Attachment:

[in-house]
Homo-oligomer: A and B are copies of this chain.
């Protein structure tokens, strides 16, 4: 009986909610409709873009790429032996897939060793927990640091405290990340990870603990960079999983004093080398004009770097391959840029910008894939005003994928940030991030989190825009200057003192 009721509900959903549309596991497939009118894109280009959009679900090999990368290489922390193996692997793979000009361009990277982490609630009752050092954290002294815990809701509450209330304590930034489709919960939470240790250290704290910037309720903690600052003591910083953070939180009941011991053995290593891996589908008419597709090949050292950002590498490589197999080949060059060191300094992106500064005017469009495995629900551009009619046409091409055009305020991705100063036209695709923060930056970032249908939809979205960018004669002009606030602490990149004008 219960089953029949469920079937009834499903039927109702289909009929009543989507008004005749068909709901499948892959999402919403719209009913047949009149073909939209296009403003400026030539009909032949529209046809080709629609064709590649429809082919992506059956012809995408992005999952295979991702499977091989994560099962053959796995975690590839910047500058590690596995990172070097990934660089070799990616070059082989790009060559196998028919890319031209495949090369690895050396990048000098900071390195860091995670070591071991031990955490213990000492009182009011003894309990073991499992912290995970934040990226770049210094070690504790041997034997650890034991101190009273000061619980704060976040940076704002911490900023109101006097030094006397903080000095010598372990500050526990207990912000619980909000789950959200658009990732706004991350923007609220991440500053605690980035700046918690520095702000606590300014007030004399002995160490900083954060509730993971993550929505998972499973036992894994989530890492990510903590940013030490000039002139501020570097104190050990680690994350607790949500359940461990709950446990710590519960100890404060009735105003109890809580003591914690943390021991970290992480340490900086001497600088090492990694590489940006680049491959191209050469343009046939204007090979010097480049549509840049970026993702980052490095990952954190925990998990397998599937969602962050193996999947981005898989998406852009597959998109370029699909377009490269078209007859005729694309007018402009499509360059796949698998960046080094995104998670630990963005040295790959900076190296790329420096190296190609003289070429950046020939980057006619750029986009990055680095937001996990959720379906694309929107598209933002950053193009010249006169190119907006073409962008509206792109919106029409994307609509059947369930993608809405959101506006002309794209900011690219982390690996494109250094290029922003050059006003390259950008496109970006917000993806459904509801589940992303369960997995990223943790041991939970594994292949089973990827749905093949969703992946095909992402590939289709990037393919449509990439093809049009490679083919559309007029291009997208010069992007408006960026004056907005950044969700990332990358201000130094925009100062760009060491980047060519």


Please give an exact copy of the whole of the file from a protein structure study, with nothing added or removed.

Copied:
[in-house]
Homo-oligomer: A and B are copies of this chain.
């Protein structure tokens, strides 16, 4: 009986909610409709873009790429032996897939060793927990640091405290990340990870603990960079999983004093080398004009770097391959840029910008894939005003994928940030991030989190825009200057003192 009721509900959903549309596991497939009118894109280009959009679900090999990368290489922390193996692997793979000009361009990277982490609630009752050092954290002294815990809701509450209330304590930034489709919960939470240790250290704290910037309720903690600052003591910083953070939180009941011991053995290593891996589908008419597709090949050292950002590498490589197999080949060059060191300094992106500064005017469009495995629900551009009619046409091409055009305020991705100063036209695709923060930056970032249908939809979205960018004669002009606030602490990149004008 219960089953029949469920079937009834499903039927109702289909009929009543989507008004005749068909709901499948892959999402919403719209009913047949009149073909939209296009403003400026030539009909032949529209046809080709629609064709590649429809082919992506059956012809995408992005999952295979991702499977091989994560099962053959796995975690590839910047500058590690596995990172070097990934660089070799990616070059082989790009060559196998028919890319031209495949090369690895050396990048000098900071390195860091995670070591071991031990955490213990000492009182009011003894309990073991499992912290995970934040990226770049210094070690504790041997034997650890034991101190009273000061619980704060976040940076704002911490900023109101006097030094006397903080000095010598372990500050526990207990912000619980909000789950959200658009990732706004991350923007609220991440500053605690980035700046918690520095702000606590300014007030004399002995160490900083954060509730993971993550929505998972499973036992894994989530890492990510903590940013030490000039002139501020570097104190050990680690994350607790949500359940461990709950446990710590519960100890404060009735105003109890809580003591914690943390021991970290992480340490900086001497600088090492990694590489940006680049491959191209050469343009046939204007090979010097480049549509840049970026993702980052490095990952954190925990998990397998599937969602962050193996999947981005898989998406852009597959998109370029699909377009490269078209007859005729694309007018402009499509360059796949698998960046080094995104998670630990963005040295790959900076190296790329420096190296190609003289070429950046020939980057006619750029986009990055680095937001996990959720379906694309929107598209933002950053193009010249006169190119907006073409962008509206792109919106029409994307609509059947369930993608809405959101506006002309794209900011690219982390690996494109250094290029922003050059006003390259950008496109970006917000993806459904509801589940992303369960997995990223943790041991939970594994292949089973990827749905093949969703992946095909992402590939289709990037393919449509990439093809049009490679083919559309007029291009997208010069992007408006960026004056907005950044969700990332990358201000130094925009100062760009060491980047060519």